5 ways to improve patient safety via EHR design

The Healthcare Information and Management Systems Society EHR Association released a report on the intersection between EHR usability and patient safety.

The report, titled "Electronic Health Record Design Patterns for Patient Safety," incorporates input from clinicians, human factors experts, software designers, software engineers and other stakeholders who have experience deploying EHRs in healthcare organizations.

Here are five EHR design considerations to improve patient safety.

1. Medications. Medication should be displayed in accordance with FDA-approved drug names with "tall man letters;" drug name, strength and dosage form should be appropriately spaced; and patient instructions should follow Universal Medication Schedule display.

2. Alert fatigue. EHRs should differentiate alerts by low, medium and high severity; the severity of an alert should determine how intrusive it is in presentation; and EHRs should use a standard structure for all alerts.

3. Lab results. EHRs should clearly distinguish new results from previous results; use a standard format for abnormal results; graphically display results over time; and offer a way to personalize how results are displayed.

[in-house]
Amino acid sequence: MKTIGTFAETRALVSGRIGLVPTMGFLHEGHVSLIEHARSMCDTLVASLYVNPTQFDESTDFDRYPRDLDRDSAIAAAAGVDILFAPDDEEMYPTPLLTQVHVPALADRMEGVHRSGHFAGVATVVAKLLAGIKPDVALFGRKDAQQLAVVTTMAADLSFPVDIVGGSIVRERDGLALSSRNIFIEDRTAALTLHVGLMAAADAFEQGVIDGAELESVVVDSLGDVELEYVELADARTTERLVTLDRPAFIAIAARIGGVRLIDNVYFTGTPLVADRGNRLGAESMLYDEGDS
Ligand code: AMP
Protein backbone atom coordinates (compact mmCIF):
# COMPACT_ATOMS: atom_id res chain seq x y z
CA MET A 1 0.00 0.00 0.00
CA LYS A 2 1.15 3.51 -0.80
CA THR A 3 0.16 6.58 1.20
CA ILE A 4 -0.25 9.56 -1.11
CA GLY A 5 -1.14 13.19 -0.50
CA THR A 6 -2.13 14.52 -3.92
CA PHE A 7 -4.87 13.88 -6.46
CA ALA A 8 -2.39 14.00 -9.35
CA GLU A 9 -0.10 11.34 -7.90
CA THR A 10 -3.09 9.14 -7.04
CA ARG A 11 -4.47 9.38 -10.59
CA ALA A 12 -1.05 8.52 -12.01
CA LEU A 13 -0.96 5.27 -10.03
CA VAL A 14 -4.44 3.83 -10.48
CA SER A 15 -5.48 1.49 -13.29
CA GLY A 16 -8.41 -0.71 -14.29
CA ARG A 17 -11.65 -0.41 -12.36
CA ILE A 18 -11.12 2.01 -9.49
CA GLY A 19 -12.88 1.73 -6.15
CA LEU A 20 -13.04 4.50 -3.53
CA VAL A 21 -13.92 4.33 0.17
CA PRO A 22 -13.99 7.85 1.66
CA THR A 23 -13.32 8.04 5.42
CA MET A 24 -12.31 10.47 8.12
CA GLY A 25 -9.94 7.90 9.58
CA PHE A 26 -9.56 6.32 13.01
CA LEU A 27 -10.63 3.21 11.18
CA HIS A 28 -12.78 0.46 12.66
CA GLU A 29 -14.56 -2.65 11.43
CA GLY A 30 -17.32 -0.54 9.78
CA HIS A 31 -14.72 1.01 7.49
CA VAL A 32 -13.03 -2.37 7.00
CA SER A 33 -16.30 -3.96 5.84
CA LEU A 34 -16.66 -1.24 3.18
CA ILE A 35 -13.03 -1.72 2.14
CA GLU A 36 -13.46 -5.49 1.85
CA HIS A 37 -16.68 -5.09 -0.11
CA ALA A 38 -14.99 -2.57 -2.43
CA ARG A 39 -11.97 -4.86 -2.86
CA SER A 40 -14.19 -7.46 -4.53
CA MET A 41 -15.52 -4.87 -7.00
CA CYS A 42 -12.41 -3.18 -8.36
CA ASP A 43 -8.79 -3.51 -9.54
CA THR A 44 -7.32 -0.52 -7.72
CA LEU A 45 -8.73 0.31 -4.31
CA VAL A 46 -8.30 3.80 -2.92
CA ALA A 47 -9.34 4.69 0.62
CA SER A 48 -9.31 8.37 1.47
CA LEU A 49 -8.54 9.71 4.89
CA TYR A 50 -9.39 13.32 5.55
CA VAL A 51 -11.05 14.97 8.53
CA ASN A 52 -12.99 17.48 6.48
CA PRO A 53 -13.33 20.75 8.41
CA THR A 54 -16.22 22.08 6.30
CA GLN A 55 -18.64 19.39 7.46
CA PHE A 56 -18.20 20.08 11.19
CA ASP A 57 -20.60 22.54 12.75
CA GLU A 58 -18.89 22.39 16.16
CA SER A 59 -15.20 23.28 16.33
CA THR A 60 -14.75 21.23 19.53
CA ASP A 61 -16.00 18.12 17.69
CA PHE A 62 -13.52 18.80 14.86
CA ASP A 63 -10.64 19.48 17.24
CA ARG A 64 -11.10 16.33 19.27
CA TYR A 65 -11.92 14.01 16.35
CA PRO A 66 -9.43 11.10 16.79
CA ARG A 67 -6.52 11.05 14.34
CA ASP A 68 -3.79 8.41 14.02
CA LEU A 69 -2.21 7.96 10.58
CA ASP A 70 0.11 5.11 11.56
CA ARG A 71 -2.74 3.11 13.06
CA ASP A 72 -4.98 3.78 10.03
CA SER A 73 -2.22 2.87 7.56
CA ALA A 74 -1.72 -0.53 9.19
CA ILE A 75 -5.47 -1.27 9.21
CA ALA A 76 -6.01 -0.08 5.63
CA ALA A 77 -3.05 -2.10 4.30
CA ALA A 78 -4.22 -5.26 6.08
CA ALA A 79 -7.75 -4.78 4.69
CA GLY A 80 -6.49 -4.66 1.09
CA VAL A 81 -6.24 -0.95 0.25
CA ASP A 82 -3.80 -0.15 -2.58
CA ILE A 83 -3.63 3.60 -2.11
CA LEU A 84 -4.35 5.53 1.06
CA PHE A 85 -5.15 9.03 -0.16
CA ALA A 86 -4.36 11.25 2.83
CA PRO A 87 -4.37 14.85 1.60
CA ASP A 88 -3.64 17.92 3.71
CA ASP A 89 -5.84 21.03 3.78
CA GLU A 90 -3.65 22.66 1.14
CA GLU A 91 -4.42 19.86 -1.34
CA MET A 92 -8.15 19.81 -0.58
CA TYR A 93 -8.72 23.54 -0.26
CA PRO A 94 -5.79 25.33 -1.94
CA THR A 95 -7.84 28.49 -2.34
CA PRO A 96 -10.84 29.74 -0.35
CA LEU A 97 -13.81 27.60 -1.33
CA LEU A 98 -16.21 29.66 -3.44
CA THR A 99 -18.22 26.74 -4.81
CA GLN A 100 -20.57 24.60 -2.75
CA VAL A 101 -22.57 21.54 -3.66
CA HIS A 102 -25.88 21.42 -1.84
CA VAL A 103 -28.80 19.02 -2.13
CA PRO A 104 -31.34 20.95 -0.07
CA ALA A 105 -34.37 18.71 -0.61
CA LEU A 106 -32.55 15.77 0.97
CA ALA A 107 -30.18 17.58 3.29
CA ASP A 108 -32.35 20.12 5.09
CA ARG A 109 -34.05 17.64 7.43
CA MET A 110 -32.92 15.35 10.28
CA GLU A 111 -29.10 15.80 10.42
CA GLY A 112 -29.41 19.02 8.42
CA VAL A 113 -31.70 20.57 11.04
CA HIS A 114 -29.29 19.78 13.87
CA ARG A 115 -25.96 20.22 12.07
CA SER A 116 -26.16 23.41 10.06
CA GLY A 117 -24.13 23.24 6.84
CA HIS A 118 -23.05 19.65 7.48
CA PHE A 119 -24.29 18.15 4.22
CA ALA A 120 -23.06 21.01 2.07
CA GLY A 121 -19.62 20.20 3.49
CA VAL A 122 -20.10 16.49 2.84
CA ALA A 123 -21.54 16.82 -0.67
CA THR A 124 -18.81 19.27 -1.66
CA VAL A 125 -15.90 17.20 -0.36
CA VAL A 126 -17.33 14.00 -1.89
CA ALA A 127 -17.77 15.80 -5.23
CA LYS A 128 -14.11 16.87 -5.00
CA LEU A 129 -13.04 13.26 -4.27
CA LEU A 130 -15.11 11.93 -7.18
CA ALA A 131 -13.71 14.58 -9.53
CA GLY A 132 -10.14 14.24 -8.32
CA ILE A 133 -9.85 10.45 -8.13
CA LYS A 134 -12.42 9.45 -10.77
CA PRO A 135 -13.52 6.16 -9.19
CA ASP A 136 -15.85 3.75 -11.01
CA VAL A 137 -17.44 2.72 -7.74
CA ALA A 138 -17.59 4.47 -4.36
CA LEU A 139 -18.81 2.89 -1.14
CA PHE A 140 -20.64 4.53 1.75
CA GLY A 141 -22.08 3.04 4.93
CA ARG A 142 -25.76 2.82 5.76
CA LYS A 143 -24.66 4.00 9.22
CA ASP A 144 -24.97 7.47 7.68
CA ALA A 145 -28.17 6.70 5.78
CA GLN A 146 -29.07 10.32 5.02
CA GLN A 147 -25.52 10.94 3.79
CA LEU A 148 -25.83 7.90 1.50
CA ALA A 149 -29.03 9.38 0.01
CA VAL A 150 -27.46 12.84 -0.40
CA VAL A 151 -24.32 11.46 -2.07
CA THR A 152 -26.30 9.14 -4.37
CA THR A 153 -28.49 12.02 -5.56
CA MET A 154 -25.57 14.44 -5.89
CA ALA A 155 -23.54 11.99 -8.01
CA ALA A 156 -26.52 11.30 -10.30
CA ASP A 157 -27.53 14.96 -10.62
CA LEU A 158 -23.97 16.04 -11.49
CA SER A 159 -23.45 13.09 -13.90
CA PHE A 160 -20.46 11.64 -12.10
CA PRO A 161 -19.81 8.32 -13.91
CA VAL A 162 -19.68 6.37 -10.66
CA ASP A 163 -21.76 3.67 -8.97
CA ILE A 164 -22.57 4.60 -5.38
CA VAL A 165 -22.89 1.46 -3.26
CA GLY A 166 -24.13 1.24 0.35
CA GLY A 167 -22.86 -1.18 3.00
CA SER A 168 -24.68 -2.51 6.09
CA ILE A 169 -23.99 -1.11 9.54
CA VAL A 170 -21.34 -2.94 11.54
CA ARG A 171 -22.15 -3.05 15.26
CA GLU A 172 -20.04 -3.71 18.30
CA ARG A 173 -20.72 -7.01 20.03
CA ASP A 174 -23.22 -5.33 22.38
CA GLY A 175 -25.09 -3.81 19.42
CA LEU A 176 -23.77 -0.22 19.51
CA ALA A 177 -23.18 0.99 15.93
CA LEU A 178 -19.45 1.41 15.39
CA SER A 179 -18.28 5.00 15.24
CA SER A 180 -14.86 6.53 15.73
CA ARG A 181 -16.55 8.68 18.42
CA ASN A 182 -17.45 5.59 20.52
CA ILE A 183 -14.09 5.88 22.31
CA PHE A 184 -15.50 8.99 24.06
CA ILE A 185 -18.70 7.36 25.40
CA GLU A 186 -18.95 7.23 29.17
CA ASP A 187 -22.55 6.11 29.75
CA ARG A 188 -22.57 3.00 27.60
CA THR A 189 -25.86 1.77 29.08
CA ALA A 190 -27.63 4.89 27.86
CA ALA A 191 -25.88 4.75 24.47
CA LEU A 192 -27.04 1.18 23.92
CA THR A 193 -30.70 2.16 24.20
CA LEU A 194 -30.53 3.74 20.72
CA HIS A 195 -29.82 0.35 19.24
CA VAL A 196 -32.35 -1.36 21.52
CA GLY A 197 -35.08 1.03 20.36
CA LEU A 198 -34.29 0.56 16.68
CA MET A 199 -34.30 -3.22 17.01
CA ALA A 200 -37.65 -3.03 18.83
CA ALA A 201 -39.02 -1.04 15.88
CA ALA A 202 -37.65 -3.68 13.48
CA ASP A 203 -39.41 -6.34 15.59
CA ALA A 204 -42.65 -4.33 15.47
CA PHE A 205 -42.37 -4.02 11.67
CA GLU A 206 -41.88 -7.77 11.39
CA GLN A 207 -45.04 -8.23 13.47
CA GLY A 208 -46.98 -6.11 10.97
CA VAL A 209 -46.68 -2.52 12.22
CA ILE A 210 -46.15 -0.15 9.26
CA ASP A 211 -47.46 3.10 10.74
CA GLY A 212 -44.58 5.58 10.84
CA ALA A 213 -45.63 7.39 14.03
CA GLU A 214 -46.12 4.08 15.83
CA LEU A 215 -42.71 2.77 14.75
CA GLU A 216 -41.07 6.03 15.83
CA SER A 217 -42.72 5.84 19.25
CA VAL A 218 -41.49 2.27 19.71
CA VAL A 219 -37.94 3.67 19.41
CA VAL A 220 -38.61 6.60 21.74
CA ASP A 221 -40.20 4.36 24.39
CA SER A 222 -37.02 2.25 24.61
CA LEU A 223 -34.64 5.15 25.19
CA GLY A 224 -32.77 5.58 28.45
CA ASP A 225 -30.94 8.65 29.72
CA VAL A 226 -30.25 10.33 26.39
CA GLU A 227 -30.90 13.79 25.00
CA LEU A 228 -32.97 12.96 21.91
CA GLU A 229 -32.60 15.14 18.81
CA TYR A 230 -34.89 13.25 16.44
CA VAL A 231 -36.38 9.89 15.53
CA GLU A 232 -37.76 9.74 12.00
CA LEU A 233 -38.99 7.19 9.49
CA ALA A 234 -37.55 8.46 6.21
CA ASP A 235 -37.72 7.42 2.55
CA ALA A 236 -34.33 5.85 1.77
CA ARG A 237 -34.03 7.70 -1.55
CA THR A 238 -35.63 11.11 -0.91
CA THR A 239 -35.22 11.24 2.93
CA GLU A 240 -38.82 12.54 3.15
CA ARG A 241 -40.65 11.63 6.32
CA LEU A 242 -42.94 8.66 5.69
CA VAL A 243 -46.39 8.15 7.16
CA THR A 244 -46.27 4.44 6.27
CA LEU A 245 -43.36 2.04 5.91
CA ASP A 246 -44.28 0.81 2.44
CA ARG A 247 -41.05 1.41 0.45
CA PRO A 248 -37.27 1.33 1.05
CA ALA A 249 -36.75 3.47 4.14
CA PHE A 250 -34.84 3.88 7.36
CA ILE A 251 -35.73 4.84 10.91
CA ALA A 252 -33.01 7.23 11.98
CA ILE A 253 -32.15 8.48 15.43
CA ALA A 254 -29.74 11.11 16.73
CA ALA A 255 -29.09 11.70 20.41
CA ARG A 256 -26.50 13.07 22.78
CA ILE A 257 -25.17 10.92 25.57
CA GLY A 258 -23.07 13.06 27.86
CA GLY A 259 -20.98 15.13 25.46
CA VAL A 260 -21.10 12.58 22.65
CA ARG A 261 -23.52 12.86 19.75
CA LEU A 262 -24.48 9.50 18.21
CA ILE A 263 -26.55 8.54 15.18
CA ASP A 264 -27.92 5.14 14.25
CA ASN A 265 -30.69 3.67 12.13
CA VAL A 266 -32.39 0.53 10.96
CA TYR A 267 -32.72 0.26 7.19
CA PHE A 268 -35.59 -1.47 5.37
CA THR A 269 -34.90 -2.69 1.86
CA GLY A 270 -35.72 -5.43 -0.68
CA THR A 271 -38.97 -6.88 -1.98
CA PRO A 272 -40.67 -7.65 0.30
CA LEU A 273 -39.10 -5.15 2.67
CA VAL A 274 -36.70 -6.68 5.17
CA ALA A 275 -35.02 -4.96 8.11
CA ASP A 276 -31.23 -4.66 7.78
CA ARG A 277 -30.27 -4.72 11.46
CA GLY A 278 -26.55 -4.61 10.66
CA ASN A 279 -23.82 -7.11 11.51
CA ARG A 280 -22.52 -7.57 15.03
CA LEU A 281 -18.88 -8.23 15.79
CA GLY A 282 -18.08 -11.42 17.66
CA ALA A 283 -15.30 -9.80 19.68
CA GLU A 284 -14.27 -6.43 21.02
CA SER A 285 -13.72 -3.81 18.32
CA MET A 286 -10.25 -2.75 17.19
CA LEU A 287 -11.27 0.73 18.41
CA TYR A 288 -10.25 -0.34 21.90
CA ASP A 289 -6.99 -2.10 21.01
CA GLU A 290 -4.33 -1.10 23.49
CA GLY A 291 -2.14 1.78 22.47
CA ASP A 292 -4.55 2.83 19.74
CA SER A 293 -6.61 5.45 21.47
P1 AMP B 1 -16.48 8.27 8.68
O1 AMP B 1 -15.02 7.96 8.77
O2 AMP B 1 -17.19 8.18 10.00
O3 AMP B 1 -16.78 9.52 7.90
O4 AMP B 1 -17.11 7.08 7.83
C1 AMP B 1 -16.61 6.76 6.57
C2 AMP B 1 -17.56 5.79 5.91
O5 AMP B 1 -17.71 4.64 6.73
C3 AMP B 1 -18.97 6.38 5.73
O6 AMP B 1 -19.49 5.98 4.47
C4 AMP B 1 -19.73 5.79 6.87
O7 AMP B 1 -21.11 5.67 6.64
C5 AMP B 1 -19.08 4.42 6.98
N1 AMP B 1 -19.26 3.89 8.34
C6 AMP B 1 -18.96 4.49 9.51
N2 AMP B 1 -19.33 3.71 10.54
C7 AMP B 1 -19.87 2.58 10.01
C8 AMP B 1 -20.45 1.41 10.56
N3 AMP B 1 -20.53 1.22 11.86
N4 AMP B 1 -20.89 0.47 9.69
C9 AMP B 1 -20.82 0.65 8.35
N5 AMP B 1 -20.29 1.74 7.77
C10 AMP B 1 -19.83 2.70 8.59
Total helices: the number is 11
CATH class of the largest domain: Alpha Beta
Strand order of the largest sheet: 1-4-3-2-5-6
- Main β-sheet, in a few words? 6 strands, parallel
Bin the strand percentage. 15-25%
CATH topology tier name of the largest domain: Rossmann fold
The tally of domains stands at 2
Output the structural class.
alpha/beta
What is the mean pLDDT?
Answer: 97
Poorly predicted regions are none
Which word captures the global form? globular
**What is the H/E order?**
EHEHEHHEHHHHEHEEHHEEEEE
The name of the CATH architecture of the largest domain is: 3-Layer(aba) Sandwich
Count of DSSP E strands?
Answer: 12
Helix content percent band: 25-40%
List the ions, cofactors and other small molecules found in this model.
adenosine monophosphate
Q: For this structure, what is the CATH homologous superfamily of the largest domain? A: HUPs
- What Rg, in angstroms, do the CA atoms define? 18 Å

4. Numeric display. When displaying numerals, EHRs should use a comma to separate groups of three digits; display a "zero" before the decimal point of numbers in fractions; eliminate a "trailing zero" after a decimal point unless necessary; and right-justify and decimal-align numbers in comparison columns.

5. Text display. When displaying texts, EHRs should aim to eliminate truncated patient or medication names; use abbreviations sparingly and carefully; consistently place labels adjacent to values; and make the difference between "no value recorded" and "actually no value" clear to users.

Click here to view the full report.


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